Just as there is more than one way to bowl a strike, there is more than one way to write a story. In fact, we ought to seek to write our stories in a unique way.
As I was considering the adjustment bowlers need to make to the lane’s changing oil patterns, I realized that writers also need to adjust to the current trends and patterns within our chosen genres. If the writer before us writes a novel about magicians, we better come up with a new spellbinding story. That path has been taken, the pattern has shifted, and we must adjust or we will lose our grip and find ourselves going in the opposite direction of our intended target. Our trajectory may follow the original idea or theme, but it must be our own form, rhythm, and speed that makes it to our mark.
As bowlers strive for the consistent strike after strike by hitting the bowling headpin, writers also strive for the consistent strike after strike by touching the reader’s heartstrings (and sometimes hitting our readers over the head whether intentionally or not). We desire in either to pursuit to make an impression, to grab the attention of those around us, to captivate them if only for the time it takes to make our point (or points), and to capture perfection in the final frame (or scene).
But, the way to make that happen is consistency.
A bowler must bowl. A writer must write.
Some bowlers make it to the lanes every day. Some writers make to their desks every day.
But, what if some days bowlers don’t bowl, and writers don’t write? What if we simply don’t make it to the place we need to be for that patient practice to happen?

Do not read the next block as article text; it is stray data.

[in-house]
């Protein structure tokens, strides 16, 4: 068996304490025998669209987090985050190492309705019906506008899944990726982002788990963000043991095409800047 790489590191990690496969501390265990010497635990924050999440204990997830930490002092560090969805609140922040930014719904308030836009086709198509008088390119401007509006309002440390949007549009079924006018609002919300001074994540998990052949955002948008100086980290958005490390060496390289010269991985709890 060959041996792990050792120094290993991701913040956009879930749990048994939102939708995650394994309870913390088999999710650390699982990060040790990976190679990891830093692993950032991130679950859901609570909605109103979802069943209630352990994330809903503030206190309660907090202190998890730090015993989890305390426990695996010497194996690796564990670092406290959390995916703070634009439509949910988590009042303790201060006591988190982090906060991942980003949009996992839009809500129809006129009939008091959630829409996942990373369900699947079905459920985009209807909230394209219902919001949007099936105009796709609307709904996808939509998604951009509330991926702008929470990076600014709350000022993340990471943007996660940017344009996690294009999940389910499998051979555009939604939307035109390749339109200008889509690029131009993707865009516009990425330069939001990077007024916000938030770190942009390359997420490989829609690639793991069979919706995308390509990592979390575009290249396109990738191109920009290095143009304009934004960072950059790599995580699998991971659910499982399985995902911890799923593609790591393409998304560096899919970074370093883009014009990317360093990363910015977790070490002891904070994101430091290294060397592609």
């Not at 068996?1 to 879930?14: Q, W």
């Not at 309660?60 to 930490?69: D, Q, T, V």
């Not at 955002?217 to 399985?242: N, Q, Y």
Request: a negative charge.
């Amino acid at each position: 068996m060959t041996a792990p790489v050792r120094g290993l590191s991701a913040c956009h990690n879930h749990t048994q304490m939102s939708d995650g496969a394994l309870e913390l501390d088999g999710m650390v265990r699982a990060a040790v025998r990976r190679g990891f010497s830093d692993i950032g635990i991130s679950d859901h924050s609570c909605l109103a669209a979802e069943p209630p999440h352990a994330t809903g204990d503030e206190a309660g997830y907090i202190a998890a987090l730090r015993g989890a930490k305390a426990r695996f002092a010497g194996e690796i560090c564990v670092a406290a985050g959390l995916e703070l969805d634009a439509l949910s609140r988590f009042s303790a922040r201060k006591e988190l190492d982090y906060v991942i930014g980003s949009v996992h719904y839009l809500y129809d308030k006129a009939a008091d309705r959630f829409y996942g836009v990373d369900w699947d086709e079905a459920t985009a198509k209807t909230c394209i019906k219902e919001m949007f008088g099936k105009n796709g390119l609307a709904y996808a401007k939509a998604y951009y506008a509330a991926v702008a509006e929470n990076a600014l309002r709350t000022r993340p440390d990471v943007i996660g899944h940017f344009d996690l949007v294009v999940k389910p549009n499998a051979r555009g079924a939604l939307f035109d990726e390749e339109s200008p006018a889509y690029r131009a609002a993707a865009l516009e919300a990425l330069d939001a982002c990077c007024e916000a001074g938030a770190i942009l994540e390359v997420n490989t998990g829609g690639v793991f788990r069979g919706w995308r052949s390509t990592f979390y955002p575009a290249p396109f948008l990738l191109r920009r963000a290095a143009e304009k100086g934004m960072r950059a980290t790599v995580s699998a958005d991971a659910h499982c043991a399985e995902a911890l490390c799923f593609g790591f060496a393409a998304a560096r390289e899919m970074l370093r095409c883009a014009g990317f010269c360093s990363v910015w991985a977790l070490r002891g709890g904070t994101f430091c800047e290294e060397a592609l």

When that happens, is all lost?
I mentioned several books in my post last week about how to be a writer. I described the variety I observed as I watched five bowlers on Monday. Remember the left-handed bowler who got six strikes in a row? He told me that he may have over-practiced. He bowled two days in a row for 90 minutes each time. The next day his wrist ached, and his fingers were swollen. He wisely took a break the next day. Writers need to realize that they, too, need a break after successive days of writing. That doesn’t mean bowlers and writers aren’t being consistent when they take a much-needed respite. It means they are more refreshed for the next time. It means that consistent breaks are part of the pattern.
I hope this post encourages my fellow writers. But, I hope it encourages me because I have struggled this week to have a consistent writing time. Being a writers doesn’t only require patient practice. It requires being patient with ourselves. We need to adjust our own patterns. Maybe it isn’t a day to write. Maybe it is a day to consider our stories from a different point of view. Maybe that’s when all the pins line up.
Book Reader and Reviewer
Labrador Retriever Owner
Mother of Three Boys
Quiet Moments (a rare commodity!)
Singer in Church Choir
Wife of My High School Sweetheart
Yarn-Lover (the wool kind and the story kind)